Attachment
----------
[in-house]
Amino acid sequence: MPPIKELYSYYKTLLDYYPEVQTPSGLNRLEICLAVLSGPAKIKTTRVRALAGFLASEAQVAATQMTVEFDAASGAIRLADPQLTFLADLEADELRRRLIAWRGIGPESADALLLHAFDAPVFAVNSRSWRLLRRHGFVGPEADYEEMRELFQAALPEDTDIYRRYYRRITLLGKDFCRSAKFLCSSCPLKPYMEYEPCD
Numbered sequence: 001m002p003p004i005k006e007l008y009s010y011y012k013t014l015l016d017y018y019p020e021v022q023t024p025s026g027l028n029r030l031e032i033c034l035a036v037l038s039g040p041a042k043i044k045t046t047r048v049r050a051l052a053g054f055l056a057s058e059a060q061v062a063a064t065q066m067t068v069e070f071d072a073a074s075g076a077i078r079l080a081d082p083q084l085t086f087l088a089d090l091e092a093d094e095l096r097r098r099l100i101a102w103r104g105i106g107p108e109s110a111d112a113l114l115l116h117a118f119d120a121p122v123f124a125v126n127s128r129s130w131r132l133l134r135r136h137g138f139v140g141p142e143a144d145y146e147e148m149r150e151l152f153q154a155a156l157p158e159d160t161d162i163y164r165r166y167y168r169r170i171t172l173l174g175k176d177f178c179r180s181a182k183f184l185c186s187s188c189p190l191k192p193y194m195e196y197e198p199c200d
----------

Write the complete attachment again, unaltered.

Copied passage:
[in-house]
Amino acid sequence: MPPIKELYSYYKTLLDYYPEVQTPSGLNRLEICLAVLSGPAKIKTTRVRALAGFLASEAQVAATQMTVEFDAASGAIRLADPQLTFLADLEADELRRRLIAWRGIGPESADALLLHAFDAPVFAVNSRSWRLLRRHGFVGPEADYEEMRELFQAALPEDTDIYRRYYRRITLLGKDFCRSAKFLCSSCPLKPYMEYEPCD
Numbered sequence: 001m002p003p004i005k006e007l008y009s010y011y012k013t014l015l016d017y018y019p020e021v022q023t024p025s026g027l028n029r030l031e032i033c034l035a036v037l038s039g040p041a042k043i044k045t046t047r048v049r050a051l052a053g054f055l056a057s058e059a060q061v062a063a064t065q066m067t068v069e070f071d072a073a074s075g076a077i078r079l080a081d082p083q084l085t086f087l088a089d090l091e092a093d094e095l096r097r098r099l100i101a102w103r104g105i106g107p108e109s110a111d112a113l114l115l116h117a118f119d120a121p122v123f124a125v126n127s128r129s130w131r132l133l134r135r136h137g138f139v140g141p142e143a144d145y146e147e148m149r150e151l152f153q154a155a156l157p158e159d160t161d162i163y164r165r166y167y168r169r170i171t172l173l174g175k176d177f178c179r180s181a182k183f184l185c186s187s188c189p190l191k192p193y194m195e196y197e198p199c200d